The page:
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March 08, 1996 - Image 66

Resource type:
Text
Publication:
The Detroit Jewish News, 1996-03-08

Disclaimer: Computer generated plain text may have errors. Read more about this.

The 1996
Honors Dinner

of" the organization that's
building trade with Israel!

The America-Israel Chamber of Commerce
of Michigan invites you to
an evening of

Entertainment • Inspiration • Fabulous Food
Sunday, March 17 6:30 p.m at The Somerset Collection, Troy.

Distinguished Guest Speaker:

Harry J. Pearce

Vice Chairman, General Motors Corporation

Revealing how changes in the
global marketplace will affect
GM, Israel and you!

The Chamber's 1996 Honoree:

Stephen M. Grand President

,

Deco-Grand, Inc.,

the local company that's helping Israeli firms become
links in the international automotive supply chain.

DON'T MISS THIS MEMORABLE EVENT!

$96 per person. (Dietary rules observed)
Proceeds benefit the America-Israel Chamber.

For reservations or more information,
(810) 646-1948, or fax (810) 646-9332.

(8 )624-730

Showroom Hours: Monday-Friday 11-5, Saturday 11-3 or by appointment

06

3160 Haggerty Rd. • West Bloomfield • 48323

Israeli Urban Dream
May Be A Night i

GALIT UPKIS BECK SPECIAL TO THE JEWISH NEWS

M

odi'in — the Housing
Ministry's solution to the
central region's over-
crowding problems — is
suffering birth pangs. The pace of
building is slowing down, the
number of house sales is disap-
pointing and the companies con-
structing the city are showing
signs of frustration.
According to the results of the
Housing Ministry's most recent
tender to lease land for the con-
struction of 500 houses, land prices
in Modi'in have decreased by more
than 10 percent. And the average
price per plot has fallen to about
S10,600 from an average of
$12,000 in the previous tender,
published several months ago.
The only tangible evidence of
the city's extensive plans are the
bulldozers and foundations for
large-scale construction of apart-
ment complexes. (There will be
virtually no apartment buildings
more than four stories high.) In
time, this still-desolate area, just
off the highway about midway be-
tween Tel Aviv and Jerusalem, is
slated to become the fourth-largest
city in the country.
Plans include modern schools,
shopping centers, sports centers,
an industrial park, modern roads,
and a subway system as well as
parks and gardens. In addition,
Modi'in will be Israel's first city
with under ground communication
and electrical cables.
In the summer of 1996, there
should be homes for over I 5,000
people, and by the year 201u, for
120,000-130,000. Ultimately,
Modi'in is expected to house some
250,000 residents. But fewer than
3,000 families have actually pur-
chased apartments so far.
Less than a year ago, following
a big advertising campaign, po-
tential buyers flocked to Modi'in
in search of a dream house. At the
building sites, they were handed
a number and asked to wait in
line.
The sales agents handed out at-
tractive prospectuses and de-
scribed the advantages of owning
a home away from the hustle and
bustle of the Dan region yet lo-
cated near employment, enter-
tainment and educational
institutions.
Following a rush to buy, people
suddenly started to lose interest.
For almost six months apart-
ment prices in Modi'in have re-
mained unchanged while sales
have reached a standstill.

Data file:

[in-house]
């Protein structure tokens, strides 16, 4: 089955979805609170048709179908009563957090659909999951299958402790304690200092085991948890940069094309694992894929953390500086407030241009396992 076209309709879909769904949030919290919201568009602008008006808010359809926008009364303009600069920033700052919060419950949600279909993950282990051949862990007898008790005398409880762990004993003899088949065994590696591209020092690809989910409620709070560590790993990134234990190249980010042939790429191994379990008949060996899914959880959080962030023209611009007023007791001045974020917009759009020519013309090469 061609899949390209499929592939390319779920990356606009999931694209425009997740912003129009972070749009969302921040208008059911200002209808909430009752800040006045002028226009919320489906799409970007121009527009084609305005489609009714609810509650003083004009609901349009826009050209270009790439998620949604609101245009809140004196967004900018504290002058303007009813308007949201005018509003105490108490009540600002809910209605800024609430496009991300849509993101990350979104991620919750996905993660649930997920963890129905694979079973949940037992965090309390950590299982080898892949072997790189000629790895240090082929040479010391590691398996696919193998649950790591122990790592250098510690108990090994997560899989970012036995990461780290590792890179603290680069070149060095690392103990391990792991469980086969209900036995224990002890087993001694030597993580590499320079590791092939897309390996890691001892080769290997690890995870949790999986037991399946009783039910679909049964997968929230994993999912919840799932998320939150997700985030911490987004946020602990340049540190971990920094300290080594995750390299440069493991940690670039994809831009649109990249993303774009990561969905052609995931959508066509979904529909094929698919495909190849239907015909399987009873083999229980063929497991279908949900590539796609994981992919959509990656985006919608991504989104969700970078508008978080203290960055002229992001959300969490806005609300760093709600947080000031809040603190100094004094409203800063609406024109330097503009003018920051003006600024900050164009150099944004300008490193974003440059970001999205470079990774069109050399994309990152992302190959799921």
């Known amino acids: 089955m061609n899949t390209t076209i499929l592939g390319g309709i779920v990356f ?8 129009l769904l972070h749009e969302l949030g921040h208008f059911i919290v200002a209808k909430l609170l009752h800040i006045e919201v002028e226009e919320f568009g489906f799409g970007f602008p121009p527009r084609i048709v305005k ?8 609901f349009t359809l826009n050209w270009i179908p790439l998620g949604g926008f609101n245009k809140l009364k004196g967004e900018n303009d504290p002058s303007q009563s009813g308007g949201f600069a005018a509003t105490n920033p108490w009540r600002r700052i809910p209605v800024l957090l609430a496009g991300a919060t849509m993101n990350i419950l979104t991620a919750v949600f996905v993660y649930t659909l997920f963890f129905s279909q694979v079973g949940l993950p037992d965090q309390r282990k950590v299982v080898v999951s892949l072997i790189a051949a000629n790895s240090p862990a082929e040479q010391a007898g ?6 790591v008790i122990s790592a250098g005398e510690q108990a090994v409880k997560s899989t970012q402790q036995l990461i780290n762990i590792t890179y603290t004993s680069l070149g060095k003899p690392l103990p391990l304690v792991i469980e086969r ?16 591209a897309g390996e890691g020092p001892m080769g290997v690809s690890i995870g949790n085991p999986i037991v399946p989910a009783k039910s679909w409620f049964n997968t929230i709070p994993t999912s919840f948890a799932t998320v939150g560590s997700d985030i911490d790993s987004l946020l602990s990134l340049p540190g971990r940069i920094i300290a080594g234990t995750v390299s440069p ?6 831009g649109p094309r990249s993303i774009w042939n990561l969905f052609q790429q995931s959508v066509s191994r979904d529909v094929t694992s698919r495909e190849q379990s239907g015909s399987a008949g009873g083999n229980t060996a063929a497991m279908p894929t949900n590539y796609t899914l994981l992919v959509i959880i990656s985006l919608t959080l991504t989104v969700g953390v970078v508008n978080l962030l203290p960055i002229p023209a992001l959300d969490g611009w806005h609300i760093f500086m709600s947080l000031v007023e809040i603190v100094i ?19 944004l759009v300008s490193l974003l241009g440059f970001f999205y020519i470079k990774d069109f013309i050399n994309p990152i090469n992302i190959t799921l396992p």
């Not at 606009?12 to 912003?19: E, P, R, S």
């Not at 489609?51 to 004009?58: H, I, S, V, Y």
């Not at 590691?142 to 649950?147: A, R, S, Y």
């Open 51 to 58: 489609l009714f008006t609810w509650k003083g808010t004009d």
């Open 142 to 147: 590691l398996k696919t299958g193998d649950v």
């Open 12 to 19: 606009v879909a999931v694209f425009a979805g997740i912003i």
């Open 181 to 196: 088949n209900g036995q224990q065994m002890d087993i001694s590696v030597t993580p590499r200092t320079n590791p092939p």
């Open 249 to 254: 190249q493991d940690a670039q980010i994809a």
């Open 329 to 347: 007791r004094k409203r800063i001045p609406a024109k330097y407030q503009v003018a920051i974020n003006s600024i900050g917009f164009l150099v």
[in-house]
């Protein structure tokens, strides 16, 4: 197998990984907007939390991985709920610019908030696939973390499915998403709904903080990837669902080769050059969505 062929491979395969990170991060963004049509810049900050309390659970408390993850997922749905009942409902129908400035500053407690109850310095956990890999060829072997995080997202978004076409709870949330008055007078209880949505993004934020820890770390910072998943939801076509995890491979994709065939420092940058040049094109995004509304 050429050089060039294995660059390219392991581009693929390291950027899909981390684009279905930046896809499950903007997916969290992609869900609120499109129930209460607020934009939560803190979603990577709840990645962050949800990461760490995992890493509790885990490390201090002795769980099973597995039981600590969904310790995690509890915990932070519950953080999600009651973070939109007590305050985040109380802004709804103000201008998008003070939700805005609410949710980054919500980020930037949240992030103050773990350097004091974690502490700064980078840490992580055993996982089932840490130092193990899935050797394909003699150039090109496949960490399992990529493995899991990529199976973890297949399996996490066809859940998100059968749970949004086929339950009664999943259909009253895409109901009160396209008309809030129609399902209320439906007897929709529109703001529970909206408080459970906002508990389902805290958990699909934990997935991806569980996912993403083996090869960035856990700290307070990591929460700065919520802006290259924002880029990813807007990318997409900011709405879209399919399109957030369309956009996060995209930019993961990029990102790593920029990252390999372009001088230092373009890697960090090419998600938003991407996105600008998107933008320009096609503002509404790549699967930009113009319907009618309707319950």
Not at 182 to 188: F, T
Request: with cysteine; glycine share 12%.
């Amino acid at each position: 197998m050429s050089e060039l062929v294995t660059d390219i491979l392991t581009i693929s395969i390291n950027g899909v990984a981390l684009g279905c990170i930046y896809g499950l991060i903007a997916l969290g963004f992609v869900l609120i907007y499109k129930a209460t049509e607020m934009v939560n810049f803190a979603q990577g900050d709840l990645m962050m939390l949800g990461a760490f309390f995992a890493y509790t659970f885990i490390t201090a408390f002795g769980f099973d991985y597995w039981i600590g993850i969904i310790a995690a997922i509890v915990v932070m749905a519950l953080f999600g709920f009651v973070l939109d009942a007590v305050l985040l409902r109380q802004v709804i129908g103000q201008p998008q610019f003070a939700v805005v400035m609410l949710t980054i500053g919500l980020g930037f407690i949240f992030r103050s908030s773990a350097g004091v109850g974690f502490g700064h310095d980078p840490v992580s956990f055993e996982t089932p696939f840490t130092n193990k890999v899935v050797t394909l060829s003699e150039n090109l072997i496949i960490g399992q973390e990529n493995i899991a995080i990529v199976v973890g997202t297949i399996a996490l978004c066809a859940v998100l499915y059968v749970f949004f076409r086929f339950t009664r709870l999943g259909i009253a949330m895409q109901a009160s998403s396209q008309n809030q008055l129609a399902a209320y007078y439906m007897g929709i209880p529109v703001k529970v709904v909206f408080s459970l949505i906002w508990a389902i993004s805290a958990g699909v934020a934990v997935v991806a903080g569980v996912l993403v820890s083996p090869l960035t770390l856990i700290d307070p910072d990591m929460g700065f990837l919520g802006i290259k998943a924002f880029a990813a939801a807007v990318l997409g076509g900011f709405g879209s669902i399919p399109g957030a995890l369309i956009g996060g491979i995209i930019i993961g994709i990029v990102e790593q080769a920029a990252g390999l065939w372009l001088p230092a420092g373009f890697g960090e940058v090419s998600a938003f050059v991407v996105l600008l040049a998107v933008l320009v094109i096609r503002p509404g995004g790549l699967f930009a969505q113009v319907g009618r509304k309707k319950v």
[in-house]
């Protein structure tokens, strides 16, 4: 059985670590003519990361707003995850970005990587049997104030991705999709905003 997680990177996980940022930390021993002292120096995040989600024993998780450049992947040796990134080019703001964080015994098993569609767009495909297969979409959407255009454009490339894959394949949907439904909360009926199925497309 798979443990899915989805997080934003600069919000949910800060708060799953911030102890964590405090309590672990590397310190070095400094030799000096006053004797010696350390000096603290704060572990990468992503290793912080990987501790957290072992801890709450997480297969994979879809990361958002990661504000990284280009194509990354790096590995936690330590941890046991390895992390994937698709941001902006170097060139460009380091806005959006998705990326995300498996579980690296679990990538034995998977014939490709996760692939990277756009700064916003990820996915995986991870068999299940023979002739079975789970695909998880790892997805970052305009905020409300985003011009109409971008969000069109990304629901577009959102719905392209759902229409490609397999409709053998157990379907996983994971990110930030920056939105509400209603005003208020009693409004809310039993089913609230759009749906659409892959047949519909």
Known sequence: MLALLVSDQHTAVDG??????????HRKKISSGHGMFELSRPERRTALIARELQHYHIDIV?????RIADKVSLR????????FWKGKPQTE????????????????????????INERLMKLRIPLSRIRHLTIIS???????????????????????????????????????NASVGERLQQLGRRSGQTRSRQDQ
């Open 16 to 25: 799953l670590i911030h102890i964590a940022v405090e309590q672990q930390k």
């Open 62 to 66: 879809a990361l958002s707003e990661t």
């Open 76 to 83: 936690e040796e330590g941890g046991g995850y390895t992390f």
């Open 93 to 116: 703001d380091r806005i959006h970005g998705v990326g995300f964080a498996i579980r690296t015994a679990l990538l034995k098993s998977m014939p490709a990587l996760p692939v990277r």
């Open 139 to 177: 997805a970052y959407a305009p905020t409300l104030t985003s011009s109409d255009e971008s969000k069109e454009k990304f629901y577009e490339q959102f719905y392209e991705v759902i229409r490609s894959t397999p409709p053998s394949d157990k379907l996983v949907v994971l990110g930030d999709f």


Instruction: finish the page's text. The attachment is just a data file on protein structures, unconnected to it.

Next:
In an attempt to increase sales,
contractors are giving discounts,
and designing features like rooms
that can double as an office or clin-
ic, private elevators and mezza-

( IV rt

.

;-

nine balconies. Mivnei Gazit's
Country Modi'in neighborhood has
its own private country club with
a pool, exercise room and public
gardens.
According to Gil Baram, gen-
eral manager of Rolav marketing
company, the slowdown is due to
an incomplete picture of the future
town portrayed by the Housing
Ministry and developers.
"There are attempts to place a
stigma on Modi'in. Instead of pre-
senting the public with a full glass
including all the difficulties and
problems they can expect to en-
counter, there is an attempt to pre-
sent them with a half-empty
glass," says Mr. Baram. Follow-
ing pressure from contractors, the
Housing Ministry is considering
offering government location as-
sistance loans to Modi'in apart-
ment buyers. The loans might
encourage the city's settlement
and development but the govern-
ment's approval process is ex-
pected to take time.

Plans include
modern schools,
shopping centers,
sports centers.

Contractors blame lower prices
on the drop in demand for hous-
ing. Also culpable is Aryeh
Mizrahi, director general of the
Housing and Development Min-
istry, who announced in October
that "apartment prices will fall
within a few months."
Amir Rahlevski, general man-
ager of Grufit Public Works &
Building, says, "It was a mistake
to create expectations that the city
is only for young couples who are
in search of very cheap housing."
Grufit is constructing a neigh-
borhood of 106 houses. Prices vary
from $125,000 for a three-room
apartment to $180,000 for a five-
room and $220,000 for a duplex
apartment.
According to Yisrael Ben-Yakar
Gat, manager of Ben-Yakar Gat,
Modi'in is targeted at the middle
and upper class. The company is
developing a neighborhood of 500
luxury apartments and cottages
on one of the highest points in the
city.
"Our aim is to attract customers
from the higher socioeconomic
groups in the country, families
that are searching for luxury
rather than bargains," says Ben-
Yakar Gat.
Transport problems have also
deterred many potential buyers.

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